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Estimating fish species richness from underwater video and netting in remote Australian waterholes

Ebner, B.C. and Morgan, D.L. (2012) Estimating fish species richness from underwater video and netting in remote Australian waterholes. In: ASFB & OCS 2012 Joint Conference & Symposium, 15 - 18 July, Adelaide, Australia.


The rapid assessment of biodiversity is an important task in the sustainable management of ecosystems. Baited remote underwater video stations (BRUVs) have been successfully applied in high visibility marine ecosystems for this purpose, particularly at depths where conventional survey methods are impractical. We aimed to determine if BRUVs and unbaited remote underwater video stations (UBRUVs) provide an effective means of complementing conventional netting techniques for rapid survey of fish communities in large waterholes in a remote Australian river. Species richness records from replicated deployments of BRUVs and UBRUVs in shallow (<1 m) and deep (>1 m) water were compared with those obtained from using fyke nets, gill nets and beach seines. Maximum species richness was achieved through a combination of conventional netting and camera based techniques. BRUVs and UBRUVs provided versatile techniques that were effective at a range of depths and habitats, contrasting each of the netting techniques. We conclude that cameras warrant application in aquatic areas of high conservation value including where threatened species are the focus of monitoring or if such species would otherwise be encountered as by-catch by destructive techniques.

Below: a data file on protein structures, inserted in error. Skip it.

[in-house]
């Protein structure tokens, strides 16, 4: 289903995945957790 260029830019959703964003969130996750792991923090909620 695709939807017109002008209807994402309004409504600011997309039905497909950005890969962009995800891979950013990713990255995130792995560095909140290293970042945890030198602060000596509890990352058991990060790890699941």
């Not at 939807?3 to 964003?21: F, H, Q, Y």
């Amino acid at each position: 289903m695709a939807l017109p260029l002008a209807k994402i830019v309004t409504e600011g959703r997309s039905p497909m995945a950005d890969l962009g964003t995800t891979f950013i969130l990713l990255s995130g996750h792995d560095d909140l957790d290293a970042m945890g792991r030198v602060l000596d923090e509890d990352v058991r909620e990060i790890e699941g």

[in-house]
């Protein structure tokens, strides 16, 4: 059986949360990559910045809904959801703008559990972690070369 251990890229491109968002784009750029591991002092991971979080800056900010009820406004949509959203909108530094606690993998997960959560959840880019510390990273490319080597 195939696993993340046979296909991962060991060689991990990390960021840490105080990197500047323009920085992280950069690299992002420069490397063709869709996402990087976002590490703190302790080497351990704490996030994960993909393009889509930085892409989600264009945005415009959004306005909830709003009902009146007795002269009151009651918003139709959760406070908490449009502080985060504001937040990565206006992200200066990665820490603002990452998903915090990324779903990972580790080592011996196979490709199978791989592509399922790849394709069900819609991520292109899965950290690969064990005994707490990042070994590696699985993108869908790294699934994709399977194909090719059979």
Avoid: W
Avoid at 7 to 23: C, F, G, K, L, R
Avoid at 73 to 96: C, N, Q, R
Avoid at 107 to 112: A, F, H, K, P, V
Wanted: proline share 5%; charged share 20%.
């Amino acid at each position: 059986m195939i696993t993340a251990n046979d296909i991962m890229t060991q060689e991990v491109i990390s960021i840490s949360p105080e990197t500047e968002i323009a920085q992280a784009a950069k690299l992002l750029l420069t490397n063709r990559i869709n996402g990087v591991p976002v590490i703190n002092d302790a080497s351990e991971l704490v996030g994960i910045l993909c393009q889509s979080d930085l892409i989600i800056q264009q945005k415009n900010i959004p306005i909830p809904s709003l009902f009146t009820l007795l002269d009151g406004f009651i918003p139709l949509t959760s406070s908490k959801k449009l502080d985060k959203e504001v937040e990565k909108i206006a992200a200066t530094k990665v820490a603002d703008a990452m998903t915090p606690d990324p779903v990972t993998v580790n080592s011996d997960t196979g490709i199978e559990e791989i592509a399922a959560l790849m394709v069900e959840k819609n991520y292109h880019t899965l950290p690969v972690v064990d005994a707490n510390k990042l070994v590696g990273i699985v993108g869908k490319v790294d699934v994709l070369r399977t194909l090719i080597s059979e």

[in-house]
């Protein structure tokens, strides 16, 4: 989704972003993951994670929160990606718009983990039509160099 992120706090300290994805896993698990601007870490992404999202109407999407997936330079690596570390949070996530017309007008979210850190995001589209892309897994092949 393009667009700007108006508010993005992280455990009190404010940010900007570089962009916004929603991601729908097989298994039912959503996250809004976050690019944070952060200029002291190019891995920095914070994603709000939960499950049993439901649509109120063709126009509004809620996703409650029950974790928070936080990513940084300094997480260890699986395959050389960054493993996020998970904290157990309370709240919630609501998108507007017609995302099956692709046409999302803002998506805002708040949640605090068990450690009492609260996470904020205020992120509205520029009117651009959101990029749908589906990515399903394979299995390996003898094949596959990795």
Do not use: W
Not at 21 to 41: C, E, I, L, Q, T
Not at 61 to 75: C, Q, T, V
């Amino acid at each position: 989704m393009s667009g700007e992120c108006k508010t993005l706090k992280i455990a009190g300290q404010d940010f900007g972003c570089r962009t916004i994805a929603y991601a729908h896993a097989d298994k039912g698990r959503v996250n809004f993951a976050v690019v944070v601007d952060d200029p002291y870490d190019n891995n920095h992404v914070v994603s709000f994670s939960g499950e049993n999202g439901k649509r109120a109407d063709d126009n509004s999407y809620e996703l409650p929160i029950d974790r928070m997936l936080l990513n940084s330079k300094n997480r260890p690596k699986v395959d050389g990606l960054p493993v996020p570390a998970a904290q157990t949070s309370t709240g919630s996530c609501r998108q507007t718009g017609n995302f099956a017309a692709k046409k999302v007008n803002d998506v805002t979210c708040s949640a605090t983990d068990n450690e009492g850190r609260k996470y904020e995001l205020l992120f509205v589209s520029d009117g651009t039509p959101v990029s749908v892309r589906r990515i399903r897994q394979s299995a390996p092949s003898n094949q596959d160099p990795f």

Item Type: Conference Item
Murdoch Affiliation(s): Freshwater Fish Group & Fish Health Unit
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